The Blue Parakeet by Scot McKnight

The Blue Parakeet by Scot McKnight

From time to time I’m fortunate to receive advanced reader copies of books from publishers.  In the fall I received a copy of The Blue Parakeet by Scot McKnight (you can find his excellent blog here: professor at North Park University in suburban Chicago.  I was very happy to find it in my mailbox at the office because I had recently heard a podcast on Emergent Village where Scot had told the story that gives the book its name.  I’ll let you read the story for yourself…it’s WAY worth it!

This book is a joy, it provides a thoughtful yet accessible means of understanding how Christians have read Holy Scripture through the ages.  McKnight unpacks the practices of tradition, literary and historical criticism and helps a broad audience understand how these practices have changed over the course of the centuries.  He does so by giving excellent foundational explanations supported by real experiences in his many years as a teacher of undergraduates and liberally shares his own life experience as a passionate reader of the Bible and seeker after the Truth is offers.

Though McKnight self-identifies as an evangelical christian he doesn’t allow himself or his views about the nature of scripture and its application in the real lives of faith communities to be co-opted by the stereotype of fundamentalist evangelicalism. In fact, at one point early in the book he identifies his church preferences by the hybrid name he gives himself, that of Willowpalian, a play on his affinity for the worship, program and fellowship of a place like Bill Hybels’ Willow Creek Community Church and a fondness for our Book of Common Prayer. He, himself is one of the Blue Parakeets in a group of folks in the Emerging Church  from across the theological spectrum who I find incredibly interesting and exciting as how the work of the Gospel is happening in a 21st century, postmodern, postchristian world (though he wouldn’t care for those last two labels).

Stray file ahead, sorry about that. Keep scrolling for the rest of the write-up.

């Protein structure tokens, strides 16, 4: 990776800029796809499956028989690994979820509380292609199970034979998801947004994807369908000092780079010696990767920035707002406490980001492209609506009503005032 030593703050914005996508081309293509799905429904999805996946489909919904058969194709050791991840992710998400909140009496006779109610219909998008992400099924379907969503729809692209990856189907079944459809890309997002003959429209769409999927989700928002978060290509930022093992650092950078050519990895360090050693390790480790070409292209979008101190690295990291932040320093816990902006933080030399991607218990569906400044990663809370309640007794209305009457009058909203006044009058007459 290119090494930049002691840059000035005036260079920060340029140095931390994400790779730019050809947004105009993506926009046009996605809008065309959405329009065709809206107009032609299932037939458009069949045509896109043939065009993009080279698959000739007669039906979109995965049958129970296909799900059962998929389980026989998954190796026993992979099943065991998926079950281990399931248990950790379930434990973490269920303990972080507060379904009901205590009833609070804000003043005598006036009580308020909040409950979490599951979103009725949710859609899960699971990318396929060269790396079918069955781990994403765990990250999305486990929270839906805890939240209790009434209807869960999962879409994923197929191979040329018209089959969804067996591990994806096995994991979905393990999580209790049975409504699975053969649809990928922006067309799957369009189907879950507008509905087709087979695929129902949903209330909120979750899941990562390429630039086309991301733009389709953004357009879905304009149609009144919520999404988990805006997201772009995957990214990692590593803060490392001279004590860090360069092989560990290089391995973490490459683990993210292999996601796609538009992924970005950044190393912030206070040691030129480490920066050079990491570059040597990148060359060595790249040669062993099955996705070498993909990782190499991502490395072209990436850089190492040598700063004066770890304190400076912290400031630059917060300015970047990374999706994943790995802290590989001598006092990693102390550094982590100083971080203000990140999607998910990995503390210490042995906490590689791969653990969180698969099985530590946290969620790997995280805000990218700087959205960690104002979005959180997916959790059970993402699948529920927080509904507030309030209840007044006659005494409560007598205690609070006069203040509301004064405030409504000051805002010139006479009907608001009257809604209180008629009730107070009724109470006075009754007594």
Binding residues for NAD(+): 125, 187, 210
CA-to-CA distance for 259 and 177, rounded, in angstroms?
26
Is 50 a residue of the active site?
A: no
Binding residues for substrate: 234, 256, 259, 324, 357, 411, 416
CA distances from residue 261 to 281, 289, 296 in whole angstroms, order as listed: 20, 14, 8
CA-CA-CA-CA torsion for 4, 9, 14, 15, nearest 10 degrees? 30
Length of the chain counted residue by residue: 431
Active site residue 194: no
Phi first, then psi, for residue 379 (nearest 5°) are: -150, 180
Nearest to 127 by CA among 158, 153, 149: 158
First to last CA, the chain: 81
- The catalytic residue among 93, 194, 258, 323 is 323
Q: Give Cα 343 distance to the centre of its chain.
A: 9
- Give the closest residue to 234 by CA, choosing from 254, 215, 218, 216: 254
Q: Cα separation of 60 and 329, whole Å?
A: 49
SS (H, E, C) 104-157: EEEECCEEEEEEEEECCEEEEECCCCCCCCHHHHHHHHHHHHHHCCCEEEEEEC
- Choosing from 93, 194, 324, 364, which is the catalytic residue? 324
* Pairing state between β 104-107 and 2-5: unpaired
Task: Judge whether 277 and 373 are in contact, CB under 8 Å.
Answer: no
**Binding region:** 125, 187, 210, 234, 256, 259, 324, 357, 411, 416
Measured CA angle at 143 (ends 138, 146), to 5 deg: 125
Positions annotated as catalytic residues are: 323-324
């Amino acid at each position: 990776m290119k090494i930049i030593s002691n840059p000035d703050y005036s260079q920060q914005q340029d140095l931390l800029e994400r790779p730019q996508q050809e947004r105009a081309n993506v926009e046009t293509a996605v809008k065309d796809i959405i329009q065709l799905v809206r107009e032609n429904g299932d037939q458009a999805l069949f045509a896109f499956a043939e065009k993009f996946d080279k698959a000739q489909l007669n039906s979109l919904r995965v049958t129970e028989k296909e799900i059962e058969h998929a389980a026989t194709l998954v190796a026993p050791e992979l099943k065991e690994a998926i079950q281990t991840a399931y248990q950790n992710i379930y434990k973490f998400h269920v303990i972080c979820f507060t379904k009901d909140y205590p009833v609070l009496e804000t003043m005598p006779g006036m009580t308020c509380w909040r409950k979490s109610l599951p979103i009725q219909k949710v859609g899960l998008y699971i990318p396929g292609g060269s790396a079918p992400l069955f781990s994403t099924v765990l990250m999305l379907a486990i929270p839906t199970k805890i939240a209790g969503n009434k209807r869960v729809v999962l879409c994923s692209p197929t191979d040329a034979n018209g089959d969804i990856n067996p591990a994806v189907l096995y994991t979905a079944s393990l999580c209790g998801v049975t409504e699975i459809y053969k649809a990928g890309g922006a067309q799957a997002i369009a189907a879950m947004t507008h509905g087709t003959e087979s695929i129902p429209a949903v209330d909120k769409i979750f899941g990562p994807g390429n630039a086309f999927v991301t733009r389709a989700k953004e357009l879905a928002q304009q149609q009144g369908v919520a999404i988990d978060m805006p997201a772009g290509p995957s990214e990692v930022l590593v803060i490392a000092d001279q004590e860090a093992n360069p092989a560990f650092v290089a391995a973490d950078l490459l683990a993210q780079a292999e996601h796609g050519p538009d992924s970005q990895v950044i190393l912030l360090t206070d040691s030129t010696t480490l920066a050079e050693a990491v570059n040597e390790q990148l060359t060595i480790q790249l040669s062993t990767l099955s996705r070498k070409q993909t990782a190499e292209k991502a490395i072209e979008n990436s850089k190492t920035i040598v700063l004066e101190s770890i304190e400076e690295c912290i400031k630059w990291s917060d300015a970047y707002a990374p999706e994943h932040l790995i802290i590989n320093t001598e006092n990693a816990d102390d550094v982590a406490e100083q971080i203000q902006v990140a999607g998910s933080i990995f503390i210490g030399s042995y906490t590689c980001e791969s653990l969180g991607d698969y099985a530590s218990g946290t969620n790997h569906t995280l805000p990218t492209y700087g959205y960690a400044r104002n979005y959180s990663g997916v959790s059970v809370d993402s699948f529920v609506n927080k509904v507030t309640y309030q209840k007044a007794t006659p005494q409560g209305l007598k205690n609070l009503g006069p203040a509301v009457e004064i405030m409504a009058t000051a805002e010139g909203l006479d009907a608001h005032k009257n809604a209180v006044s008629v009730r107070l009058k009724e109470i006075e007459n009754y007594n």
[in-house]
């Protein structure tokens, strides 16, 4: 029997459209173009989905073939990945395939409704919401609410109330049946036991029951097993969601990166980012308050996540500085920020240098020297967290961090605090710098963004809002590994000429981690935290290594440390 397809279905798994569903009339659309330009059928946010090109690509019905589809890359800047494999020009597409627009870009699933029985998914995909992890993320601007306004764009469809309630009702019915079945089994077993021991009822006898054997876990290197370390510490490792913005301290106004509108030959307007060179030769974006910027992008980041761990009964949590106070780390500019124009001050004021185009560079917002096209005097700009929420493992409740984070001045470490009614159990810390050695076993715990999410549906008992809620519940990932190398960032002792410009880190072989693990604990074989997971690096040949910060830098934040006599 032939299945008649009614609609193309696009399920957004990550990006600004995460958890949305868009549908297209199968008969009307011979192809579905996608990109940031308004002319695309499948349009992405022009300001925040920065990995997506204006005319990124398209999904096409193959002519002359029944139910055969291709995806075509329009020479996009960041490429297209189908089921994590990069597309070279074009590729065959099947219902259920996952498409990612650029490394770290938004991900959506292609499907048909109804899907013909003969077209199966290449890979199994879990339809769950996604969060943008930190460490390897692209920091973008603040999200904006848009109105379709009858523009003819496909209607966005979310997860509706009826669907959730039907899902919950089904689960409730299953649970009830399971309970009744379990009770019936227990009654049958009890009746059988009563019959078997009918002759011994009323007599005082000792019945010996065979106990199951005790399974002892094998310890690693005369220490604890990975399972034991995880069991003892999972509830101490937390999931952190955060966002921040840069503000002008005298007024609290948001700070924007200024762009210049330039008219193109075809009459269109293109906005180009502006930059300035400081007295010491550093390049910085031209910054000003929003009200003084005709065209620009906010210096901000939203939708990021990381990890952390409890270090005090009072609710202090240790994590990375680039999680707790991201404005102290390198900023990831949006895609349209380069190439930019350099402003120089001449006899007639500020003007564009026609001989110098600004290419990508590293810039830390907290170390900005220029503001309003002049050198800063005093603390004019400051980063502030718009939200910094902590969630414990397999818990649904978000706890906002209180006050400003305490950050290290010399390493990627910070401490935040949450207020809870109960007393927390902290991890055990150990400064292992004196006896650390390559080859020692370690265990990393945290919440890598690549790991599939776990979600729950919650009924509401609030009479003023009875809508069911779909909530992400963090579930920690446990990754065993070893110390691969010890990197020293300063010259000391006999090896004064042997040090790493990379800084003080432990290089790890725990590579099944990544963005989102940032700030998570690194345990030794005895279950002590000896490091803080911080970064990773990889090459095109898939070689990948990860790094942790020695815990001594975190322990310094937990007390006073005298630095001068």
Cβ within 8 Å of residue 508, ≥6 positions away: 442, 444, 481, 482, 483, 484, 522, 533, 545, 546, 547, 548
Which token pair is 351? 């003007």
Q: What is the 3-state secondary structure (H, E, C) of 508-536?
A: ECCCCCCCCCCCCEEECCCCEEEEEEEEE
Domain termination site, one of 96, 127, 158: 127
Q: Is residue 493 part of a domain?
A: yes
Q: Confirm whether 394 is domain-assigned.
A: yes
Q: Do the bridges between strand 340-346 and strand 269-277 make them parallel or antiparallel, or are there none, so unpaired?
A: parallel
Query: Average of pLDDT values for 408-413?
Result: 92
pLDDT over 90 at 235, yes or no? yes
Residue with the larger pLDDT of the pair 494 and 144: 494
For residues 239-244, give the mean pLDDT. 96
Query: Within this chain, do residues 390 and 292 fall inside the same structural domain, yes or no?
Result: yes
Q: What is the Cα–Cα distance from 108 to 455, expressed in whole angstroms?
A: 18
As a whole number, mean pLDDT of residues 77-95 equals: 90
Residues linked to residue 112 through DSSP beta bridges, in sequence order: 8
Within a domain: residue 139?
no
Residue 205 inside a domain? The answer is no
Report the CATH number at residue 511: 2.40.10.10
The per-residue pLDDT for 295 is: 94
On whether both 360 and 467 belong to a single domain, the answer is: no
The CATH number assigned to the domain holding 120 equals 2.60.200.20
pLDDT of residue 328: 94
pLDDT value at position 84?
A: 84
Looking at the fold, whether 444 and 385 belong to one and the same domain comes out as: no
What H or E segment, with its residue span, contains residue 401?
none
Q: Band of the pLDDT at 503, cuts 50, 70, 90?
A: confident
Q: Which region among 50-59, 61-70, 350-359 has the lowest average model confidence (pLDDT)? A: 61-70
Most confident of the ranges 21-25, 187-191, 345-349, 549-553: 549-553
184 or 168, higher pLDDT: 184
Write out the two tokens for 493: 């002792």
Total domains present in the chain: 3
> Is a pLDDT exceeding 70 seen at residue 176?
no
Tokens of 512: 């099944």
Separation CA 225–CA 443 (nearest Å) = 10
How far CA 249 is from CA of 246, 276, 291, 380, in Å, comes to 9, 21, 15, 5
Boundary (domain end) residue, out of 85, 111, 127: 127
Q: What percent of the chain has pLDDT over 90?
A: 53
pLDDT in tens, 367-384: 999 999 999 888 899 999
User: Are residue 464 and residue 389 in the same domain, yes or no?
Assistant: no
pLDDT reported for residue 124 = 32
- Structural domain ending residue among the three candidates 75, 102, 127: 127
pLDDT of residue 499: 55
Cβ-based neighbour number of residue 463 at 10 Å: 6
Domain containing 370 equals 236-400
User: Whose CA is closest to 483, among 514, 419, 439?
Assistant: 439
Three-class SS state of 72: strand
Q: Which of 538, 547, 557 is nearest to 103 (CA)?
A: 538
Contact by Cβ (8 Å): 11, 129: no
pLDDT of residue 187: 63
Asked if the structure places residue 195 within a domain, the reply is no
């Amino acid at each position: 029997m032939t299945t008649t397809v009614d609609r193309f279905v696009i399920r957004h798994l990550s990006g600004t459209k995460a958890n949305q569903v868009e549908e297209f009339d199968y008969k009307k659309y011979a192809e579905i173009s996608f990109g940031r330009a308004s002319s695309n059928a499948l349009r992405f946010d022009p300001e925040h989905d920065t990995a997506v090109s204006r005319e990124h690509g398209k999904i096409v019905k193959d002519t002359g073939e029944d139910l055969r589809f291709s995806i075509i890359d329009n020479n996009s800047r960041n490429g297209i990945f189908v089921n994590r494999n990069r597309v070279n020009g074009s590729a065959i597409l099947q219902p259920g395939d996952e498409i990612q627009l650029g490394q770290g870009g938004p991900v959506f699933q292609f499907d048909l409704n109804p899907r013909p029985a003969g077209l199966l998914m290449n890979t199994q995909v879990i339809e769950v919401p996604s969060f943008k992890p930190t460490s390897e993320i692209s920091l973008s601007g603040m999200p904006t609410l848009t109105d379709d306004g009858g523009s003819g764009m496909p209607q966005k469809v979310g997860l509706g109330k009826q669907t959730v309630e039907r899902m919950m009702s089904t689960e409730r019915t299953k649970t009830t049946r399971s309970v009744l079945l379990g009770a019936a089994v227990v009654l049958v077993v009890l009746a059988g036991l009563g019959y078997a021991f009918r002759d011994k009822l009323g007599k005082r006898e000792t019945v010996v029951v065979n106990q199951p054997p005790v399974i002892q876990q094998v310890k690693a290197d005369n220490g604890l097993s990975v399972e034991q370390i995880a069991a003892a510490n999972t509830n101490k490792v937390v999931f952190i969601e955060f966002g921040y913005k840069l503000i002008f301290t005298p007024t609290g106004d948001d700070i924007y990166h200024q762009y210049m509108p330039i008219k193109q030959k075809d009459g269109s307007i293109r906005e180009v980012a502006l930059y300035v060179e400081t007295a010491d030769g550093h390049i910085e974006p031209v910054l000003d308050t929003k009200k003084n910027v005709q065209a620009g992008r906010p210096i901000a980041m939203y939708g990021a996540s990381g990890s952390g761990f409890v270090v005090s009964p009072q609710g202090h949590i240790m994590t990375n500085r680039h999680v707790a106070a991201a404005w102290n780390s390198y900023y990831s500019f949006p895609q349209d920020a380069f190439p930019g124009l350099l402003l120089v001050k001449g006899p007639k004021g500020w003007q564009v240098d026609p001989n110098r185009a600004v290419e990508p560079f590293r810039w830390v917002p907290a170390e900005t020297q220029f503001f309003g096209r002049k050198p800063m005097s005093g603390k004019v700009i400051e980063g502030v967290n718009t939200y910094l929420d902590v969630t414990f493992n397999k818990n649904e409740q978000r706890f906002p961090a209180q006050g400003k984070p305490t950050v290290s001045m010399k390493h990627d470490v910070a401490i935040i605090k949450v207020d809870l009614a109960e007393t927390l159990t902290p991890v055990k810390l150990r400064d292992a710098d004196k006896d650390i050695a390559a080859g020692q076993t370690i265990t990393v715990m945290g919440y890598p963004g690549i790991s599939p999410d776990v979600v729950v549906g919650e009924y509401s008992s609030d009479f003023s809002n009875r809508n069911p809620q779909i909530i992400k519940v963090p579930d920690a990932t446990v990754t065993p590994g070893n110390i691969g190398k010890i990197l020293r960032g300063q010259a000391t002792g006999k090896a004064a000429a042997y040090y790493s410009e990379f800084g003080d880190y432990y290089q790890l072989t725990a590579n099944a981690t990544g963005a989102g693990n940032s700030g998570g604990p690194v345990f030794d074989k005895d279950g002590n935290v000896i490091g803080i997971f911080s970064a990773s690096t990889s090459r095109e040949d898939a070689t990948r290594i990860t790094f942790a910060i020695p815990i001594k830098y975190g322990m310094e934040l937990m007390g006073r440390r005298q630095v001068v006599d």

After laying the foundations mentioned above, he puts the tools to work examining what Scripture says about the role of women in pastoral leadership in the Church today.  Once again, the mixture of personal recollection, intellectual understanding and pastoral insight are helpful in understanding how dynamic the church’s and believers relationships have been with the Bible down through the ages.

Long story short, if you are interested in a thoughtful, serious, inclusive, orthodox and faithful way of understanding of how we read the Bible can shape the lives of faith in individuals and communities I recomment you pick up a copy of McKnight’s book.  You can buy it from Amazon at this link

If you read it and like it, drop me a line or leave a comment here!

Blessings on your journey of faith and may Blue Parakeets brighten your relationship with the Bible.